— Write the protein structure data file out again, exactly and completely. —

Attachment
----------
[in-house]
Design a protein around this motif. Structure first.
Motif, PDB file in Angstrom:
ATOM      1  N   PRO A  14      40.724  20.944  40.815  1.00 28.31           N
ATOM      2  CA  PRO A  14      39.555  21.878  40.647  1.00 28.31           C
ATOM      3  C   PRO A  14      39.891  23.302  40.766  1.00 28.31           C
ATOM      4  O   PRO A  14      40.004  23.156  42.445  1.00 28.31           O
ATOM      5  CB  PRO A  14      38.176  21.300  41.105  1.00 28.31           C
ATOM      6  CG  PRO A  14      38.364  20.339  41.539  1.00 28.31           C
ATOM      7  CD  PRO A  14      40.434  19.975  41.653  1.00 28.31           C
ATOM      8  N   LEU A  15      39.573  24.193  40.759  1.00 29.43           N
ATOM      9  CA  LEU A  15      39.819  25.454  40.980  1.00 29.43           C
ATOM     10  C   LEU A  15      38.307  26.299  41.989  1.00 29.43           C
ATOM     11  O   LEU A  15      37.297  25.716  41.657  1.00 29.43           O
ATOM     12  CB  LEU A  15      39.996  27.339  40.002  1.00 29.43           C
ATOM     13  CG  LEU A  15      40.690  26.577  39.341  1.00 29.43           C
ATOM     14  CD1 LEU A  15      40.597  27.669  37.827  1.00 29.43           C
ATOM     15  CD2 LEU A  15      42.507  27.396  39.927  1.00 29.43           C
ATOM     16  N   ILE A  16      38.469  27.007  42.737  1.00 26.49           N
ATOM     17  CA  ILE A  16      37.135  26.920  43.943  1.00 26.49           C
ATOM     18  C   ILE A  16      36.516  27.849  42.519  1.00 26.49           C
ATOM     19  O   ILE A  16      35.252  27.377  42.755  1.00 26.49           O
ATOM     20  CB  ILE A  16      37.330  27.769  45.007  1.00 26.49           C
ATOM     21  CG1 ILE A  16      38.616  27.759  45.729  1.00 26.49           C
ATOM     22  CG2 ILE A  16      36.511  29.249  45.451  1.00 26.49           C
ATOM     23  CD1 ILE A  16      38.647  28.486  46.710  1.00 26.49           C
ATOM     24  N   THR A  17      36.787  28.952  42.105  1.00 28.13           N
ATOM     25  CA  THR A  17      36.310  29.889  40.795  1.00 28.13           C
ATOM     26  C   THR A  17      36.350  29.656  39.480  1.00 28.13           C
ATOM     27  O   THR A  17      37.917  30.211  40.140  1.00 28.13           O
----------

[in-house]
Design a protein around this motif. Structure first.
Motif, PDB file in Angstrom:
ATOM      1  N   PRO A  14      40.724  20.944  40.815  1.00 28.31           N
ATOM      2  CA  PRO A  14      39.555  21.878  40.647  1.00 28.31           C
ATOM      3  C   PRO A  14      39.891  23.302  40.766  1.00 28.31           C
ATOM      4  O   PRO A  14      40.004  23.156  42.445  1.00 28.31           O
ATOM      5  CB  PRO A  14      38.176  21.300  41.105  1.00 28.31           C
ATOM      6  CG  PRO A  14      38.364  20.339  41.539  1.00 28.31           C
ATOM      7  CD  PRO A  14      40.434  19.975  41.653  1.00 28.31           C
ATOM      8  N   LEU A  15      39.573  24.193  40.759  1.00 29.43           N
ATOM      9  CA  LEU A  15      39.819  25.454  40.980  1.00 29.43           C
ATOM     10  C   LEU A  15      38.307  26.299  41.989  1.00 29.43           C
ATOM     11  O   LEU A  15      37.297  25.716  41.657  1.00 29.43           O
ATOM     12  CB  LEU A  15      39.996  27.339  40.002  1.00 29.43           C
ATOM     13  CG  LEU A  15      40.690  26.577  39.341  1.00 29.43           C
ATOM     14  CD1 LEU A  15      40.597  27.669  37.827  1.00 29.43           C
ATOM     15  CD2 LEU A  15      42.507  27.396  39.927  1.00 29.43           C
ATOM     16  N   ILE A  16      38.469  27.007  42.737  1.00 26.49           N
ATOM     17  CA  ILE A  16      37.135  26.920  43.943  1.00 26.49           C
ATOM     18  C   ILE A  16      36.516  27.849  42.519  1.00 26.49           C
ATOM     19  O   ILE A  16      35.252  27.377  42.755  1.00 26.49           O
ATOM     20  CB  ILE A  16      37.330  27.769  45.007  1.00 26.49           C
ATOM     21  CG1 ILE A  16      38.616  27.759  45.729  1.00 26.49           C
ATOM     22  CG2 ILE A  16      36.511  29.249  45.451  1.00 26.49           C
ATOM     23  CD1 ILE A  16      38.647  28.486  46.710  1.00 26.49           C
ATOM     24  N   THR A  17      36.787  28.952  42.105  1.00 28.13           N
ATOM     25  CA  THR A  17      36.310  29.889  40.795  1.00 28.13           C
ATOM     26  C   THR A  17      36.350  29.656  39.480  1.00 28.13           C
ATOM     27  O   THR A  17      37.917  30.211  40.140  1.00 28.13           O